Eya proteins are critical developmental regulators that are highly expressed in embryogenesis but downregulated after development. Amplification and/or re-expression of Eyas occurs in many tumor types. In breast cancer, Eyas regulate tumor progression by acting as transcriptional cofactors and tyrosine phosphatases. Intriguingly, Eyas harbor a separate threonine (Thr) phosphatase activity, which was previously implicated in innate immunity. Here we describe what we believe to be a novel role for Eya3 in mediating triple-negative breast cancer–associated immune suppression. Eya3 loss decreases tumor growth in immune-competent mice and is associated with increased numbers of infiltrated CD8+ T cells, which, when depleted, reverse the effects of Eya3 knockdown. Mechanistically, Eya3 utilizes its Thr phosphatase activity to dephosphorylate Myc at pT58, resulting in a stabilized form. We show that Myc is required for Eya3-mediated increases in PD-L1, and that rescue of PD-L1 in Eya3-knockdown cells restores tumor progression. Finally, we demonstrate that Eya3 significantly correlates with PD-L1 in human breast tumors, and that tumors expressing high levels of Eya3 have a decreased CD8+ T cell signature. Our data uncover a role for Eya3 in mediating tumor-associated immune suppression, and suggest that its inhibition may enhance checkpoint therapies.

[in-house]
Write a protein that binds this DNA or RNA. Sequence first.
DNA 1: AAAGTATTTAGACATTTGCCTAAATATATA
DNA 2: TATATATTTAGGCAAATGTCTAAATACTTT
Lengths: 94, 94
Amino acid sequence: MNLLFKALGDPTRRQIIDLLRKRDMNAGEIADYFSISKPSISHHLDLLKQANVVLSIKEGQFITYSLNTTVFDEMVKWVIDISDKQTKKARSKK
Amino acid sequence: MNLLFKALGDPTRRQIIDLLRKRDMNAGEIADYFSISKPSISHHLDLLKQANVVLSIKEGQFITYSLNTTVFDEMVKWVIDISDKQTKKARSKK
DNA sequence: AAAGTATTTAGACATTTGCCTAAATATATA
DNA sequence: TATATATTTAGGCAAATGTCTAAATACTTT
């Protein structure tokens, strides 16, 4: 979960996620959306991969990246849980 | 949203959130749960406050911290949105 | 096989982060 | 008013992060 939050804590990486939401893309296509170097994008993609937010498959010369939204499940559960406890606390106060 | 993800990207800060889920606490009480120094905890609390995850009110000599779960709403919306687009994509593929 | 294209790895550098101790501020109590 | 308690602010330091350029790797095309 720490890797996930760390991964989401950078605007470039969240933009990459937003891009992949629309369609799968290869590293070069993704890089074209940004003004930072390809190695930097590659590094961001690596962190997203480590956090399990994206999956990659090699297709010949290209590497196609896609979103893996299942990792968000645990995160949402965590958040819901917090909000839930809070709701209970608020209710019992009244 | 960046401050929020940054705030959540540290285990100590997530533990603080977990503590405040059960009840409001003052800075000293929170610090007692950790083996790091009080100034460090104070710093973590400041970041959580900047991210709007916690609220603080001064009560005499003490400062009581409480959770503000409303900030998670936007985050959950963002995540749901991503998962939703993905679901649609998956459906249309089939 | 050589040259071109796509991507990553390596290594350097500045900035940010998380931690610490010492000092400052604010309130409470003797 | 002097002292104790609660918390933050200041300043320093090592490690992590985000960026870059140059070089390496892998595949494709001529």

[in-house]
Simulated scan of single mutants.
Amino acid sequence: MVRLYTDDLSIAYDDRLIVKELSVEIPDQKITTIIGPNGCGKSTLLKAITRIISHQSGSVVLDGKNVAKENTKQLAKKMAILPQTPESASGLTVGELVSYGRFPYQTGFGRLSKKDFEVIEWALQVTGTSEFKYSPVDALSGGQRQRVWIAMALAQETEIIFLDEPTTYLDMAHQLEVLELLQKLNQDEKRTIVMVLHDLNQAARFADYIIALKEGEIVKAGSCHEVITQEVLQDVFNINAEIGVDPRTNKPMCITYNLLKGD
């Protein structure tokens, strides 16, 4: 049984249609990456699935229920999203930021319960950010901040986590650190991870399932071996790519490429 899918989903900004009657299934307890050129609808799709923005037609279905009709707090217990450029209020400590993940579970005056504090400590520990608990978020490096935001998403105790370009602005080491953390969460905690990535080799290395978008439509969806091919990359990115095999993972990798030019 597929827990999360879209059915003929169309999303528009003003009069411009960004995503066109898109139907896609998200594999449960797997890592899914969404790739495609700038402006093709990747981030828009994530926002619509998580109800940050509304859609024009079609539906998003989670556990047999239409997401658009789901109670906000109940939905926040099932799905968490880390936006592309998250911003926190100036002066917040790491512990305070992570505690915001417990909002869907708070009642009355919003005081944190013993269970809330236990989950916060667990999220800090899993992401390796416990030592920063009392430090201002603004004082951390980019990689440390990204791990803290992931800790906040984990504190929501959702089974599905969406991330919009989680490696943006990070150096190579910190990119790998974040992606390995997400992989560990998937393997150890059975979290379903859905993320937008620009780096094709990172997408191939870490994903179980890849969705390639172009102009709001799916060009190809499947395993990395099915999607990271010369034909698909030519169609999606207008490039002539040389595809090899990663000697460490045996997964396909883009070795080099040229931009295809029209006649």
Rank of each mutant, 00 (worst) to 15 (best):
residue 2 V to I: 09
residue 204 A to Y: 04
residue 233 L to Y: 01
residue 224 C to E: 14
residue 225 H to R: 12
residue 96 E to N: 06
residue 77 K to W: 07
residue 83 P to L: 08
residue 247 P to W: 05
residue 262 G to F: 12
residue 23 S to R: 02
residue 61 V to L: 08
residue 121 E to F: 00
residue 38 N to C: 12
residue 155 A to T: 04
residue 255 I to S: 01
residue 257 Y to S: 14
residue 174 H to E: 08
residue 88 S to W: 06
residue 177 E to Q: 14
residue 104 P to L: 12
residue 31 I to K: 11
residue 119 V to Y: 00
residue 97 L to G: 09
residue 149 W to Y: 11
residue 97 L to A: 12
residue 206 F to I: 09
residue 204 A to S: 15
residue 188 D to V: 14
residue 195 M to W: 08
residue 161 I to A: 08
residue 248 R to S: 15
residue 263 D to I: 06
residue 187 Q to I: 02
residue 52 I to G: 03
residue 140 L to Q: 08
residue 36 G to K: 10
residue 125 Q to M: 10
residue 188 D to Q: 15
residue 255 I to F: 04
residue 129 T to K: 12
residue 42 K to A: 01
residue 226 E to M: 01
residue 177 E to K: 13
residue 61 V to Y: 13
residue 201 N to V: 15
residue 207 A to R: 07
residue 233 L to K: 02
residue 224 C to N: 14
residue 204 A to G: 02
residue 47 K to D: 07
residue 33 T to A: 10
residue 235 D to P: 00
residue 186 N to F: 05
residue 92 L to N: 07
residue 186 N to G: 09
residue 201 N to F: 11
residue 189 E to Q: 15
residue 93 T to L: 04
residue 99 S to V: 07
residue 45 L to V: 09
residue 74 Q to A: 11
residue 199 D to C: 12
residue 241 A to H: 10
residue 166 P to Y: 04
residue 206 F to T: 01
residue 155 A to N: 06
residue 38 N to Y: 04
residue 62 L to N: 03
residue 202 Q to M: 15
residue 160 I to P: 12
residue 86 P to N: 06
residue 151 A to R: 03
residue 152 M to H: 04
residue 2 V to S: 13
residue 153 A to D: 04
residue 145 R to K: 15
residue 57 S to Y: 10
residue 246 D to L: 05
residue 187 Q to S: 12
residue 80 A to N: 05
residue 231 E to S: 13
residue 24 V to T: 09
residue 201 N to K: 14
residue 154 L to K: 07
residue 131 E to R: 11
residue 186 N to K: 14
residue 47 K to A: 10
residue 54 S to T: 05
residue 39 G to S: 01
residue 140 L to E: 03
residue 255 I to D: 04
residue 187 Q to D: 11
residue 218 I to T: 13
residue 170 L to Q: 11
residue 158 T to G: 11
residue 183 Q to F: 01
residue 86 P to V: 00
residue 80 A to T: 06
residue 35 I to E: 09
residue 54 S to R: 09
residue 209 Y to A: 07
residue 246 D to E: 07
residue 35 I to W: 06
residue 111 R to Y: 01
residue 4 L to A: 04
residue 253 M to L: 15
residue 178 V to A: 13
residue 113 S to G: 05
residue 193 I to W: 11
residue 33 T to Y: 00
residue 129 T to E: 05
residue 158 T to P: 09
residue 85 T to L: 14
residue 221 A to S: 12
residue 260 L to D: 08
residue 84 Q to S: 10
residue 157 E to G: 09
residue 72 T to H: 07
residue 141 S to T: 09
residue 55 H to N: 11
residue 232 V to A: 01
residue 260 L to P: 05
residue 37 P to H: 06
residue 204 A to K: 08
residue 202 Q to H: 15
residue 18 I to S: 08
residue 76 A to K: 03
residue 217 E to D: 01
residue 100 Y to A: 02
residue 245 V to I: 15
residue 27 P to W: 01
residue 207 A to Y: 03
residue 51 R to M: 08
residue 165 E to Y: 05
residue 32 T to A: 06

Rebecca L. Vartuli, Hengbo Zhou, Lingdi Zhang, Rani K. Powers, Jared Klarquist, Pratyaydipta Rudra, Melanie Y. Vincent, Debashis Ghosh, James C. Costello, Ross M. Kedl, Jill E. Slansky, Rui Zhao, Heide L. Ford